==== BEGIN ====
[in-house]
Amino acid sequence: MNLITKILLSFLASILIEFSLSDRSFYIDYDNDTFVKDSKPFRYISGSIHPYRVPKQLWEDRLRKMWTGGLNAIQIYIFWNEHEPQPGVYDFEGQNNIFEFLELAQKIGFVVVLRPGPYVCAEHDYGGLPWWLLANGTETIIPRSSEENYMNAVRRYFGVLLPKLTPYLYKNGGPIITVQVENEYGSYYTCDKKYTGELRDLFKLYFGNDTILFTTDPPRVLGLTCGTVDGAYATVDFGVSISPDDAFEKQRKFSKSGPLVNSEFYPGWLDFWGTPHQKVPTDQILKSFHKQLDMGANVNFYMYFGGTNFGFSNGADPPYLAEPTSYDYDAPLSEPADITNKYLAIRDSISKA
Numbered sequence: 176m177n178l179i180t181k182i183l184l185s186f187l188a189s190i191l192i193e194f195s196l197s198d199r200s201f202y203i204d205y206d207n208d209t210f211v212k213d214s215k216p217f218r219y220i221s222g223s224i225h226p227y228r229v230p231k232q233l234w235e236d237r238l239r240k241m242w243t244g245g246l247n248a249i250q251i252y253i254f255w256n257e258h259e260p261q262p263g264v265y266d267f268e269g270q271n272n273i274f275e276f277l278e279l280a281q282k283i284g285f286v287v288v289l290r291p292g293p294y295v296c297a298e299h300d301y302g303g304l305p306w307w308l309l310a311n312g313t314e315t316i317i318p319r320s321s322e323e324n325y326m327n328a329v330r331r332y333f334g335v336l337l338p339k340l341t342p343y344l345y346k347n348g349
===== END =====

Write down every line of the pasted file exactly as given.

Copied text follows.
[in-house]
Amino acid sequence: MNLITKILLSFLASILIEFSLSDRSFYIDYDNDTFVKDSKPFRYISGSIHPYRVPKQLWEDRLRKMWTGGLNAIQIYIFWNEHEPQPGVYDFEGQNNIFEFLELAQKIGFVVVLRPGPYVCAEHDYGGLPWWLLANGTETIIPRSSEENYMNAVRRYFGVLLPKLTPYLYKNGGPIITVQVENEYGSYYTCDKKYTGELRDLFKLYFGNDTILFTTDPPRVLGLTCGTVDGAYATVDFGVSISPDDAFEKQRKFSKSGPLVNSEFYPGWLDFWGTPHQKVPTDQILKSFHKQLDMGANVNFYMYFGGTNFGFSNGADPPYLAEPTSYDYDAPLSEPADITNKYLAIRDSISKA
Numbered sequence: 176m177n178l179i180t181k182i183l184l185s186f187l188a189s190i191l192i193e194f195s196l197s198d199r200s201f202y203i204d205y206d207n208d209t210f211v212k213d214s215k216p217f218r219y220i221s222g223s224i225h226p227y228r229v230p231k232q233l234w235e236d237r238l239r240k241m242w243t244g245g246l247n248a249i250q251i252y253i254f255w256n257e258h259e260p261q262p263g264v265y266d267f268e269g270q271n272n273i274f275e276f277l278e279l280a281q282k283i284g285f286v287v288v289l290r291p292g293p294y295v296c297a298e299h300d301y302g303g304l305p306w307w308l309l310a311n312g313t314e315t316i317i318p319r320s321s322e323e324n325y326m327n328a329v330r331r332y333f334g335v336l337l338p339k340l341t342p343y344l345y346k347n348g349